Is Green Cross Health Limited (NZSE:GXH) a good dividend stock? How can we tell? Dividend paying companies with growing earnings can be highly rewarding in the long term. If you are hoping to live on your dividends, it's important to be more stringent with your investments than the average punter. Regular readers know we like to apply the same approach to each dividend stock, and we hope you'll find our analysis useful.
In this case, Green Cross Health likely looks attractive to investors, given its 6.7% dividend yield and a payment history of over ten years. It would not be a surprise to discover that many investors buy it for the dividends. Some simple analysis can offer a lot of insights when buying a company for its dividend, and we'll go through this below.
Companies (usually) pay dividends out of their earnings. If a company is paying more than it earns, the dividend might have to be cut. As a result, we should always investigate whether a company can afford its dividend, measured as a percentage of a company's net income after tax. In the last year, Green Cross Health paid out 67% of its profit as dividends. A payout ratio above 50% generally implies a business is reaching maturity, although it is still possible to reinvest in the business or increase the dividend over time.
In addition to comparing dividends against profits, we should inspect whether the company generated enough cash to pay its dividend. Green Cross Health's cash payout ratio in the last year was 30%, which suggests dividends were well covered by cash generated by the business. It's positive to see that Green Cross Health's dividend is covered by both profits and cash flow, since this is generally a sign that the dividend is sustainable, and a lower payout ratio usually suggests a greater margin of safety before the dividend gets cut.
We update our data on Green Cross Health every 24 hours, so you can always get our latest analysis of its financial health, here.
Before buying a stock for its income, we want to see if the dividends have been stable in the past, and if the company has a track record of maintaining its dividend. Green Cross Health has been paying dividends for a long time, but for the purpose of this analysis, we only examine the past 10 years of payments. This dividend has been unstable, which we define as having been cut one or more times over this time. During the past ten-year period, the first annual payment was NZ$0.013 in 2010, compared to NZ$0.07 last year. This works out to be a compound annual growth rate (CAGR) of approximately 19% a year over that time. The growth in dividends has not been linear, but the CAGR is a decent approximation of the rate of change over this time frame.
Green Cross Health has grown distributions at a rapid rate despite cutting the dividend at least once in the past. Companies that cut once often cut again, but it might be worth considering if the business has turned a corner.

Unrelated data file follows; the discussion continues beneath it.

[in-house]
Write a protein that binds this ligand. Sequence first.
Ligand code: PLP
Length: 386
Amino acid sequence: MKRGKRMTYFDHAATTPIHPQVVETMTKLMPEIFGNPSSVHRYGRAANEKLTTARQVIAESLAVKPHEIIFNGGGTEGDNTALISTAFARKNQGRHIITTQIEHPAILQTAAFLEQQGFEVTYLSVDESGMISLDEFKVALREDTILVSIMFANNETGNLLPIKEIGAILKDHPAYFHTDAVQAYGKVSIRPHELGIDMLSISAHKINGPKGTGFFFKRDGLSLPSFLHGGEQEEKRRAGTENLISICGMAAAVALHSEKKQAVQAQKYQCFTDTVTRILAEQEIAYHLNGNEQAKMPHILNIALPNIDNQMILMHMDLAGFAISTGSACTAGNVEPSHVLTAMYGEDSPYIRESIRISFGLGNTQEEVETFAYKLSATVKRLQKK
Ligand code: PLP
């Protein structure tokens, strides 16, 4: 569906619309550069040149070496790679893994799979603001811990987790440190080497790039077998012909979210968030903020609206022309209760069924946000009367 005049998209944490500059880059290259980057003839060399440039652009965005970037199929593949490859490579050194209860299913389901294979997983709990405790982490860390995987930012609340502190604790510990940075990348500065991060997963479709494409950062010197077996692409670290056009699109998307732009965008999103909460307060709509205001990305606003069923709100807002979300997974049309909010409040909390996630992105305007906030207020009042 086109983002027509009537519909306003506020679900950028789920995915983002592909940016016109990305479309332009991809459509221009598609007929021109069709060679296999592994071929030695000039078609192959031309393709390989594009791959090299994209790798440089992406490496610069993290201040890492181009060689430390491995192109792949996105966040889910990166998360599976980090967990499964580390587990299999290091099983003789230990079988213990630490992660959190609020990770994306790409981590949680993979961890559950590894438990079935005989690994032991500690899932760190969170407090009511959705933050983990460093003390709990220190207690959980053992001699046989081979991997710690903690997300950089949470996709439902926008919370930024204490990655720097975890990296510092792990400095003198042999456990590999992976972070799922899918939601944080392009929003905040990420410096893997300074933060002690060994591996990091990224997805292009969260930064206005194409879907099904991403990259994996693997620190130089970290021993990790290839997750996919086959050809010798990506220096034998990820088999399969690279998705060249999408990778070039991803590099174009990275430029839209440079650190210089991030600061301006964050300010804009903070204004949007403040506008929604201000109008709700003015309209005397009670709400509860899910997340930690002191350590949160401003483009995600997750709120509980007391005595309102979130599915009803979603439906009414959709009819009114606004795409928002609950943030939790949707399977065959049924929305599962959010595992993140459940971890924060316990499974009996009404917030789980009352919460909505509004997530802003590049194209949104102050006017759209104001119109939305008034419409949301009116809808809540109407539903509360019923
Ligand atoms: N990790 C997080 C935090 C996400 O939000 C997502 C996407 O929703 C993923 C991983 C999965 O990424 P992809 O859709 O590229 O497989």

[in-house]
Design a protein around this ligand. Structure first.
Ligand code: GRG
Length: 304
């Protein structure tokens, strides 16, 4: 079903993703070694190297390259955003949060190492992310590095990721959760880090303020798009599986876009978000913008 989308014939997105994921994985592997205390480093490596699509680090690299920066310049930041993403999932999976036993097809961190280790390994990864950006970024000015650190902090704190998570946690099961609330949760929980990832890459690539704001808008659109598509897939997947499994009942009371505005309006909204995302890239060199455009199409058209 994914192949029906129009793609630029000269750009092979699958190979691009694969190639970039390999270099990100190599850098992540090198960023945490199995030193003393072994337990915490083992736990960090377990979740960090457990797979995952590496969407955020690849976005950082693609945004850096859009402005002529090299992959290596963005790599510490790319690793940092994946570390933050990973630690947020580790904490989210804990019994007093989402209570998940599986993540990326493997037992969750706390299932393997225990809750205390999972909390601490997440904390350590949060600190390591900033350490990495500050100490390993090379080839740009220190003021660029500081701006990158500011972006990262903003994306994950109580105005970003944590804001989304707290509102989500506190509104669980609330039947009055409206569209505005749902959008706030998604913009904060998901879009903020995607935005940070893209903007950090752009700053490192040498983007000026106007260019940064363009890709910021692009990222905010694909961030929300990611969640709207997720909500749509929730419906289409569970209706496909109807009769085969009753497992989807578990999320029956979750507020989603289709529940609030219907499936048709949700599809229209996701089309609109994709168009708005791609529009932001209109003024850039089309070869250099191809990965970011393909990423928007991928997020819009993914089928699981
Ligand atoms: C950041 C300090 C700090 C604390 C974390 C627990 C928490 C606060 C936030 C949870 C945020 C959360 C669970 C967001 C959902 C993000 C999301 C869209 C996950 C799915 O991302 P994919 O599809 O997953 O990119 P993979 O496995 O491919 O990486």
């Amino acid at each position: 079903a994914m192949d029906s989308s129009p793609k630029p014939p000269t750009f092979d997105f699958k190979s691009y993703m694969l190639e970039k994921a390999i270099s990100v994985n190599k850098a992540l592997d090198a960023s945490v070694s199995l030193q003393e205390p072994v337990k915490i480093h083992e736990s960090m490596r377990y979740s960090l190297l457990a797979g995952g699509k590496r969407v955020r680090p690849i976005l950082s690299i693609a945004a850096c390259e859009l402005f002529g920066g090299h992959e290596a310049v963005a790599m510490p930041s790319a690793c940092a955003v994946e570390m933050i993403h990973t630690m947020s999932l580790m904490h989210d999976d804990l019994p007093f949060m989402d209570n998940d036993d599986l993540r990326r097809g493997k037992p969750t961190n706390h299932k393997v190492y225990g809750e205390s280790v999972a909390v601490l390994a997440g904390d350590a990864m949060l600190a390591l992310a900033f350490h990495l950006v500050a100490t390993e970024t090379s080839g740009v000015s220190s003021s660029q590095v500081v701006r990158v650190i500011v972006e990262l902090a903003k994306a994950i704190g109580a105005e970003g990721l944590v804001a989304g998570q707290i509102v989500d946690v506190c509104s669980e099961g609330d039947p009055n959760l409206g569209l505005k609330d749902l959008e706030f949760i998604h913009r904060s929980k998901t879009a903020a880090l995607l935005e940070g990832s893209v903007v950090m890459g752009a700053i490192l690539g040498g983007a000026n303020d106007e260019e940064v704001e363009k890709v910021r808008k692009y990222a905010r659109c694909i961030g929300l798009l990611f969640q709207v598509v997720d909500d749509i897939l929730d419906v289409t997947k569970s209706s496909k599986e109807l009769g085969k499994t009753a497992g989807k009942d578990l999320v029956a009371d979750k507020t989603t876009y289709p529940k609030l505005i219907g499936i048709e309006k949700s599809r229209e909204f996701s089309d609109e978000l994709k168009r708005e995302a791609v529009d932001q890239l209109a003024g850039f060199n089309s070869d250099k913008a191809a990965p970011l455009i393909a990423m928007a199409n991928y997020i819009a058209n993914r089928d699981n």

Dividend Growth Potential
With a relatively unstable dividend, it's even more important to evaluate if earnings per share (EPS) are growing - it's not worth taking the risk on a dividend getting cut, unless you might be rewarded with larger dividends in future. It's not great to see that Green Cross Health's have fallen at approximately 2.4% over the past five years. Declining earnings per share over a number of years is not a great sign for the dividend investor. Without some improvement, this does not bode well for the long term value of a company's dividend.
To summarise, shareholders should always check that Green Cross Health's dividends are affordable, that its dividend payments are relatively stable, and that it has decent prospects for growing its earnings and dividend. First, we think Green Cross Health has an acceptable payout ratio and its dividend is well covered by cashflow. Earnings per share are down, and Green Cross Health's dividend has been cut at least once in the past, which is disappointing. While we're not hugely bearish on it, overall we think there are potentially better dividend stocks than Green Cross Health out there.
Investors generally tend to favour companies with a consistent, stable dividend policy as opposed to those operating an irregular one. Still, investors need to consider a host of other factors, apart from dividend payments, when analysing a company. For instance, we've picked out 2 warning signs for Green Cross Health that investors should take into consideration.
Looking for more high-yielding dividend ideas? Try our curated list of dividend stocks with a yield above 3%.
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This article by Simply Wall St is general in nature. It does not constitute a recommendation to buy or sell any stock, and does not take account of your objectives, or your financial situation. We aim to bring you long-term focused analysis driven by fundamental data. Note that our analysis may not factor in the latest price-sensitive company announcements or qualitative material. Simply Wall St has no position in any stocks mentioned. Thank you for reading.